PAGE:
Mr Gay World pageant dazzles South Africa
One came from the Philippines with mechanical wings, another from Mexico in a rhinestoned Mayan headdress, and one from Finland simply wrapped in a sauna towel.
But for the first time, the contestants in Mr Gay World came to Africa, a continent where most countries still maintain sodomy laws, sometimes punishable by death.
Only its fourth edition, South Africans have won twice — both times by white men.
This year a towering German who lives in New Zealand, Andreas Derleth, took the title late Sunday. He beat out 21 other men, including the first black African contestants, whose participation brought its own difficulties.
Taurai Zhanje, the contestant from Zimbabwe where President Robert Mugabe regularly brands gays as “worse than pigs and dogs”, pulled out after government agents intimidated his family.
“There was relentless pressure on the delegate from Zimbabwe to withdraw,” said Coenie Kukkuk, the contest’s Africa director.
“His family was followed by agents of the regime in Zimbabwe. His mother is employed by the government, she surely would have lost her job. And with 80 percent unemployment, she was looking after a lot of people,” he said.
The Ethiopian delegate, Robel Hailu, is a student in South Africa but was disinherited after a radio station in Addis Ababa announced his title.
The contrast between the rest of the continent and South Africa couldn’t be greater. Gay rights are enshrined in the constitution, and gays can legally marry and adopt.
This year’s contestant, Lance Weyer, is an elected local councillor for the opposition Democratic Alliance in the coastal city of East London.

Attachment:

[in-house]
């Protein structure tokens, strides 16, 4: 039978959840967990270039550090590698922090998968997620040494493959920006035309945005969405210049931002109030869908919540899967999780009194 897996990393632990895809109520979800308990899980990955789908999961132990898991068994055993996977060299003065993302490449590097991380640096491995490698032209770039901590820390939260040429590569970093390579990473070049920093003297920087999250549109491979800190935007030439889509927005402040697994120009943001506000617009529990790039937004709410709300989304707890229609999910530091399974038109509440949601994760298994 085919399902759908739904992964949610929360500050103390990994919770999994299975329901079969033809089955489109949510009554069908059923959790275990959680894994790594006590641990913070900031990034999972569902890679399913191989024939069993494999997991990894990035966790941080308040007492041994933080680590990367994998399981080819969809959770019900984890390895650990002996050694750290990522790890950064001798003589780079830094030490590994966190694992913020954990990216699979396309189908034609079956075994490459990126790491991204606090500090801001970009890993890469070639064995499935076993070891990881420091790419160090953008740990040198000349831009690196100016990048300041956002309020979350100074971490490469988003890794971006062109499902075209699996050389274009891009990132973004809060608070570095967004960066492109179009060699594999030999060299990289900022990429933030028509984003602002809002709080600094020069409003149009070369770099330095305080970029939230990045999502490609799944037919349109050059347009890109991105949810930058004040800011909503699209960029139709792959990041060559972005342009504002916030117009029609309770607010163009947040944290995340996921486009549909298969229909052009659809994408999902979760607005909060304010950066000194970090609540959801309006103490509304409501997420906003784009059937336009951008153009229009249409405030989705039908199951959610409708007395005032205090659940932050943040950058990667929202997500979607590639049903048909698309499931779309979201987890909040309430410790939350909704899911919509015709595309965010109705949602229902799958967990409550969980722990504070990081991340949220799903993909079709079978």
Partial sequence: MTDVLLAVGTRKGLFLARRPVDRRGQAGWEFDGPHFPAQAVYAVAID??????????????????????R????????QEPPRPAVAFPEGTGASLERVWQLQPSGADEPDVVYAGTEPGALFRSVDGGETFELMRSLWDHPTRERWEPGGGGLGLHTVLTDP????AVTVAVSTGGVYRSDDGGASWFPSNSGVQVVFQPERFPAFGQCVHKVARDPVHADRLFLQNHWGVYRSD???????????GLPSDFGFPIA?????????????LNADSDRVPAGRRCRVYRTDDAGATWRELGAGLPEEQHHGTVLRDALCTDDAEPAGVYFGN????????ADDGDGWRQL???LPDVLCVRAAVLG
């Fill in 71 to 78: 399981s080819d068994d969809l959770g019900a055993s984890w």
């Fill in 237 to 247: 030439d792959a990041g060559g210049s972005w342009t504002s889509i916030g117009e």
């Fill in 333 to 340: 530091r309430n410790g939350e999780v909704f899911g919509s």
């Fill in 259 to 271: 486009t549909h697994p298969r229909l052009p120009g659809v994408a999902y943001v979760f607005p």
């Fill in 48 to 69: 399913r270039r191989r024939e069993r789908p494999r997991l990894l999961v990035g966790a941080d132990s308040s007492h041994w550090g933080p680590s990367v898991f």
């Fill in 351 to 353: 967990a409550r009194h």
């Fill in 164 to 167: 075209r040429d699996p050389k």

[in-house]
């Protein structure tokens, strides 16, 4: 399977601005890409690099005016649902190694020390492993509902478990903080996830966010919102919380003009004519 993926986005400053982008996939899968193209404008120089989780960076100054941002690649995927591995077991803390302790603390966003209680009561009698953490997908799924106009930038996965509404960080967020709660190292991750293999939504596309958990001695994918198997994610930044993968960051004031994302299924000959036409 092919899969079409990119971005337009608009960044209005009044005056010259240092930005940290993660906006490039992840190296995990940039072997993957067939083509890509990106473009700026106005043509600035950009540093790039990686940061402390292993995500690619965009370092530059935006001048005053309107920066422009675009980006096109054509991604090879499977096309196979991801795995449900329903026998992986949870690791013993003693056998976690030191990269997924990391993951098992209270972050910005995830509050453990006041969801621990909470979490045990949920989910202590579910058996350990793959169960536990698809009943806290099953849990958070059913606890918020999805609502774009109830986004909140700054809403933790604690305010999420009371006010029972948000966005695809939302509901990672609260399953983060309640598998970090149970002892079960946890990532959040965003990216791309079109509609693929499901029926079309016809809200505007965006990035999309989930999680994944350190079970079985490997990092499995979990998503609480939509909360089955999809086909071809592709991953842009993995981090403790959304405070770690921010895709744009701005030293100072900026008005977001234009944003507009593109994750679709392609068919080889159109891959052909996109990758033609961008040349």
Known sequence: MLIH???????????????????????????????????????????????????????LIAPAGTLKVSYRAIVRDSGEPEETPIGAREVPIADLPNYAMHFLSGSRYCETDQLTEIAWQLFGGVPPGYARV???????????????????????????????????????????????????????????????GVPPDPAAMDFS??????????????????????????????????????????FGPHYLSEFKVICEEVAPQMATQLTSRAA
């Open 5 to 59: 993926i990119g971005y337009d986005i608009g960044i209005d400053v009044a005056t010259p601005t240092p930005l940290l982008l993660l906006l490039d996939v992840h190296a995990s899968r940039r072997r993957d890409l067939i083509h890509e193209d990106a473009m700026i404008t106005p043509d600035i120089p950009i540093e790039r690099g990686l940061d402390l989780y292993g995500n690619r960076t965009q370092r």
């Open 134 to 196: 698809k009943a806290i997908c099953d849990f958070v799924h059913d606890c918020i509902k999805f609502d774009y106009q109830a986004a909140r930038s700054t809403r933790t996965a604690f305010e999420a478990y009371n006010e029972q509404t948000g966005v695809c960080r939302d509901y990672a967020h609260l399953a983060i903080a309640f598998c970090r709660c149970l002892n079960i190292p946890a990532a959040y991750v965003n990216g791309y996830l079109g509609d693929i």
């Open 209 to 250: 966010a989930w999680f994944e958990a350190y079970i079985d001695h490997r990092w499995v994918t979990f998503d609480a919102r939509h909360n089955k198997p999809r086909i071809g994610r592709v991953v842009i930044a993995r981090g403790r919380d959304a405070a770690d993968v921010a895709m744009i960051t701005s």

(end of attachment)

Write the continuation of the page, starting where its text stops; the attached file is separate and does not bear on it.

He praised South Africa for supporting gay rights in forums like the UN Human Rights Council, even in the face of opposition from many other African countries.
“We need to be working with those governments to educate them,” he said from the stage. “You can’t just decide that you’re going to support certain rights and not others.”
Many black gay South Africans still suffer discrimination and attacks. Lesbians in particular are the target of “corrective rapes” — in which their attackers claim the rape will “cure” their homosexuality.
In some African countries, like Botswana and Malawi, younger gays are grouping together aided by the spread of cell phones and the Internet. They’re beginning to form new organisations or work with other rights groups to push for change.
And it’s not just Africans who face challenges.
In Bulgaria, former Olympian Chavdar Arsov lost his job as the luge coach for the national team after he participated in the contest.
China has banned the competition and officially reprimanded the country’s only-ever contestant, Xiao Dai, who defied a ban by Beijing to participate in the 2010 contest in Oslo.
Most of the contestants came from Europe and the Americas, with none from the Muslim world and few from Africa and Asia.
And while the competition features extravagant costumes and skimpy swimwear, Kukkuk said such contests can be a force for change.
“It’s the search for a global (gay) ambassador who can represent human rights,” he said.
“Beautiful men yes, but beautiful with a purpose.”
In Ethiopia, Kukkuk said, “there was never a talk or discussion or debate about (gay) issues before. Now there is.”
In Namibia, Wendelinus Hamutenya drew global attention when he was beaten and hospitalised two weeks after winning his title.
He’s not sure the attack was a hate crime, and he says that since winning his title, he’s started a support group for gay Namibians on Facebook that has attracted more than 900 members.
Namibia’s government has also approached him to work on the nation’s first survey of men who have sex with men.
“It was a breakthrough,” he said.